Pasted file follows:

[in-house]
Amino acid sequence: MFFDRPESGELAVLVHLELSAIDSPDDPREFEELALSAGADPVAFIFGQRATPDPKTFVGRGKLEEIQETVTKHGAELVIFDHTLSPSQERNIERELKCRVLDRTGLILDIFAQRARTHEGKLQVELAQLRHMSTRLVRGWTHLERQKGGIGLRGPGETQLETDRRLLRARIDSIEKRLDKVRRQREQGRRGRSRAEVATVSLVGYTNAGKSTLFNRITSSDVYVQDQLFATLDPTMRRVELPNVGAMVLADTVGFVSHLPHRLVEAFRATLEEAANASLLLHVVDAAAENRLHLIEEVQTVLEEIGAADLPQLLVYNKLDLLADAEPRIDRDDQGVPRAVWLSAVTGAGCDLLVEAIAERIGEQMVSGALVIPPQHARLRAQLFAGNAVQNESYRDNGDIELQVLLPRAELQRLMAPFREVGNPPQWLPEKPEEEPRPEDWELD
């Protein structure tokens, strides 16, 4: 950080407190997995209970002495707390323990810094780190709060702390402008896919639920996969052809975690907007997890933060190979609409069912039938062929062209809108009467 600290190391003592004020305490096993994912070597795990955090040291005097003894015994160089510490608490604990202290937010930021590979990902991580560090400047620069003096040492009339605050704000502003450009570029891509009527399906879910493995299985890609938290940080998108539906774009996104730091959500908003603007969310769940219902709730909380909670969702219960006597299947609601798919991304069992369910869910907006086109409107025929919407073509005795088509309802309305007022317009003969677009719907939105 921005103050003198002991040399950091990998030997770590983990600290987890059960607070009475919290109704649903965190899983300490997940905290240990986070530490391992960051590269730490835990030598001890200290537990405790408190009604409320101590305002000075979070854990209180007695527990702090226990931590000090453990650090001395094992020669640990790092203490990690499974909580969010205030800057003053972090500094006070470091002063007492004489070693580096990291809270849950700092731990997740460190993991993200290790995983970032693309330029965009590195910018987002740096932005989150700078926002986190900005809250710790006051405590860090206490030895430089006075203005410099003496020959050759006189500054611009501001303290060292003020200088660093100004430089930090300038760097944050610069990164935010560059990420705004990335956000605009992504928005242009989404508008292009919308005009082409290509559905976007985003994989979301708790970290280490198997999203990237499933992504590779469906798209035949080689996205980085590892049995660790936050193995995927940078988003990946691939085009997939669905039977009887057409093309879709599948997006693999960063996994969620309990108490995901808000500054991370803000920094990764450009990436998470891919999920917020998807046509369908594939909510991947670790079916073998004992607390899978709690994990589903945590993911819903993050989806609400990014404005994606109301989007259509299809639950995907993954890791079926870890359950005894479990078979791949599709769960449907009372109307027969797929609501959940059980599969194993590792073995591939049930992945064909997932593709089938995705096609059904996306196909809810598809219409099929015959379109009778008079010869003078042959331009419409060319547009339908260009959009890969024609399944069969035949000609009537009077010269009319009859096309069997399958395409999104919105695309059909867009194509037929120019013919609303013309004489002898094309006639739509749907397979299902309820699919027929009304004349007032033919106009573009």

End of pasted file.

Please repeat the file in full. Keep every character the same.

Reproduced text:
[in-house]
Amino acid sequence: MFFDRPESGELAVLVHLELSAIDSPDDPREFEELALSAGADPVAFIFGQRATPDPKTFVGRGKLEEIQETVTKHGAELVIFDHTLSPSQERNIERELKCRVLDRTGLILDIFAQRARTHEGKLQVELAQLRHMSTRLVRGWTHLERQKGGIGLRGPGETQLETDRRLLRARIDSIEKRLDKVRRQREQGRRGRSRAEVATVSLVGYTNAGKSTLFNRITSSDVYVQDQLFATLDPTMRRVELPNVGAMVLADTVGFVSHLPHRLVEAFRATLEEAANASLLLHVVDAAAENRLHLIEEVQTVLEEIGAADLPQLLVYNKLDLLADAEPRIDRDDQGVPRAVWLSAVTGAGCDLLVEAIAERIGEQMVSGALVIPPQHARLRAQLFAGNAVQNESYRDNGDIELQVLLPRAELQRLMAPFREVGNPPQWLPEKPEEEPRPEDWELD
């Protein structure tokens, strides 16, 4: 950080407190997995209970002495707390323990810094780190709060702390402008896919639920996969052809975690907007997890933060190979609409069912039938062929062209809108009467 600290190391003592004020305490096993994912070597795990955090040291005097003894015994160089510490608490604990202290937010930021590979990902991580560090400047620069003096040492009339605050704000502003450009570029891509009527399906879910493995299985890609938290940080998108539906774009996104730091959500908003603007969310769940219902709730909380909670969702219960006597299947609601798919991304069992369910869910907006086109409107025929919407073509005795088509309802309305007022317009003969677009719907939105 921005103050003198002991040399950091990998030997770590983990600290987890059960607070009475919290109704649903965190899983300490997940905290240990986070530490391992960051590269730490835990030598001890200290537990405790408190009604409320101590305002000075979070854990209180007695527990702090226990931590000090453990650090001395094992020669640990790092203490990690499974909580969010205030800057003053972090500094006070470091002063007492004489070693580096990291809270849950700092731990997740460190993991993200290790995983970032693309330029965009590195910018987002740096932005989150700078926002986190900005809250710790006051405590860090206490030895430089006075203005410099003496020959050759006189500054611009501001303290060292003020200088660093100004430089930090300038760097944050610069990164935010560059990420705004990335956000605009992504928005242009989404508008292009919308005009082409290509559905976007985003994989979301708790970290280490198997999203990237499933992504590779469906798209035949080689996205980085590892049995660790936050193995995927940078988003990946691939085009997939669905039977009887057409093309879709599948997006693999960063996994969620309990108490995901808000500054991370803000920094990764450009990436998470891919999920917020998807046509369908594939909510991947670790079916073998004992607390899978709690994990589903945590993911819903993050989806609400990014404005994606109301989007259509299809639950995907993954890791079926870890359950005894479990078979791949599709769960449907009372109307027969797929609501959940059980599969194993590792073995591939049930992945064909997932593709089938995705096609059904996306196909809810598809219409099929015959379109009778008079010869003078042959331009419409060319547009339908260009959009890969024609399944069969035949000609009537009077010269009319009859096309069997399958395409999104919105695309059909867009194509037929120019013919609303013309004489002898094309006639739509749907397979299902309820699919027929009304004349007032033919106009573009």